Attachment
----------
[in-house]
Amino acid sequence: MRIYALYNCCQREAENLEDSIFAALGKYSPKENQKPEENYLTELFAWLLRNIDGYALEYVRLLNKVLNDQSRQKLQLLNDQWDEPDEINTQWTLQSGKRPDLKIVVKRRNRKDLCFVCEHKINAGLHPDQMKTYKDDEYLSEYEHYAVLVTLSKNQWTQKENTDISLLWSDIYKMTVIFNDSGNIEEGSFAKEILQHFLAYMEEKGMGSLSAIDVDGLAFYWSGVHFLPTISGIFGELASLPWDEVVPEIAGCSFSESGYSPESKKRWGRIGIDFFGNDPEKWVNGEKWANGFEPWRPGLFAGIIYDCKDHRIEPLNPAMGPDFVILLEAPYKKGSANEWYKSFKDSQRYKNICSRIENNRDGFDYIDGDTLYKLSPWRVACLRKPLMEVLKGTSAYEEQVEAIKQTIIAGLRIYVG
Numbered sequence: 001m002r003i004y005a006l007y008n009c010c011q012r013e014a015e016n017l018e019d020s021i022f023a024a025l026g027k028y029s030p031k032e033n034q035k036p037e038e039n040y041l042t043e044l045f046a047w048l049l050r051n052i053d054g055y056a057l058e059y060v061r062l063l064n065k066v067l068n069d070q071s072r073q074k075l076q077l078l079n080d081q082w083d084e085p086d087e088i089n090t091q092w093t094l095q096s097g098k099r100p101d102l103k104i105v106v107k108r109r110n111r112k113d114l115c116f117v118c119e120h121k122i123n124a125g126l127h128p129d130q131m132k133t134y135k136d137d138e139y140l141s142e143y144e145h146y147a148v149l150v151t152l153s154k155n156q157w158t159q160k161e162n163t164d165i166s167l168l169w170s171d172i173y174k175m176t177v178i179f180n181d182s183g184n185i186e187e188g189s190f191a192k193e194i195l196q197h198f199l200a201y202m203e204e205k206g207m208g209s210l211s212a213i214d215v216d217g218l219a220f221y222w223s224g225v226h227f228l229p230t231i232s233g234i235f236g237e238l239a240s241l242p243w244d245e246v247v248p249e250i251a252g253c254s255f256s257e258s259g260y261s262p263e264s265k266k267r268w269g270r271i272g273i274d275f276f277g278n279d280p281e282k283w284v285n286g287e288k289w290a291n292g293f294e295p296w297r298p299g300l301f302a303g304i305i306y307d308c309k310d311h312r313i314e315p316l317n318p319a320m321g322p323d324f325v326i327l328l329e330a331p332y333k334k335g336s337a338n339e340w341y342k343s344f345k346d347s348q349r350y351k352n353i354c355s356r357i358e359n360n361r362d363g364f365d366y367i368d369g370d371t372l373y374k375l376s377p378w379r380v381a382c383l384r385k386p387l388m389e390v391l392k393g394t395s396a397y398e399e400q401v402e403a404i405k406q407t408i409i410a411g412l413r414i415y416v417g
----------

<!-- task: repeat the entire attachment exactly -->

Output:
[in-house]
Amino acid sequence: MRIYALYNCCQREAENLEDSIFAALGKYSPKENQKPEENYLTELFAWLLRNIDGYALEYVRLLNKVLNDQSRQKLQLLNDQWDEPDEINTQWTLQSGKRPDLKIVVKRRNRKDLCFVCEHKINAGLHPDQMKTYKDDEYLSEYEHYAVLVTLSKNQWTQKENTDISLLWSDIYKMTVIFNDSGNIEEGSFAKEILQHFLAYMEEKGMGSLSAIDVDGLAFYWSGVHFLPTISGIFGELASLPWDEVVPEIAGCSFSESGYSPESKKRWGRIGIDFFGNDPEKWVNGEKWANGFEPWRPGLFAGIIYDCKDHRIEPLNPAMGPDFVILLEAPYKKGSANEWYKSFKDSQRYKNICSRIENNRDGFDYIDGDTLYKLSPWRVACLRKPLMEVLKGTSAYEEQVEAIKQTIIAGLRIYVG
Numbered sequence: 001m002r003i004y005a006l007y008n009c010c011q012r013e014a015e016n017l018e019d020s021i022f023a024a025l026g027k028y029s030p031k032e033n034q035k036p037e038e039n040y041l042t043e044l045f046a047w048l049l050r051n052i053d054g055y056a057l058e059y060v061r062l063l064n065k066v067l068n069d070q071s072r073q074k075l076q077l078l079n080d081q082w083d084e085p086d087e088i089n090t091q092w093t094l095q096s097g098k099r100p101d102l103k104i105v106v107k108r109r110n111r112k113d114l115c116f117v118c119e120h121k122i123n124a125g126l127h128p129d130q131m132k133t134y135k136d137d138e139y140l141s142e143y144e145h146y147a148v149l150v151t152l153s154k155n156q157w158t159q160k161e162n163t164d165i166s167l168l169w170s171d172i173y174k175m176t177v178i179f180n181d182s183g184n185i186e187e188g189s190f191a192k193e194i195l196q197h198f199l200a201y202m203e204e205k206g207m208g209s210l211s212a213i214d215v216d217g218l219a220f221y222w223s224g225v226h227f228l229p230t231i232s233g234i235f236g237e238l239a240s241l242p243w244d245e246v247v248p249e250i251a252g253c254s255f256s257e258s259g260y261s262p263e264s265k266k267r268w269g270r271i272g273i274d275f276f277g278n279d280p281e282k283w284v285n286g287e288k289w290a291n292g293f294e295p296w297r298p299g300l301f302a303g304i305i306y307d308c309k310d311h312r313i314e315p316l317n318p319a320m321g322p323d324f325v326i327l328l329e330a331p332y333k334k335g336s337a338n339e340w341y342k343s344f345k346d347s348q349r350y351k352n353i354c355s356r357i358e359n360n361r362d363g364f365d366y367i368d369g370d371t372l373y374k375l376s377p378w379r380v381a382c383l384r385k386p387l388m389e390v391l392k393g394t395s396a397y398e399e400q401v402e403a404i405k406q407t408i409i410a411g412l413r414i415y416v417g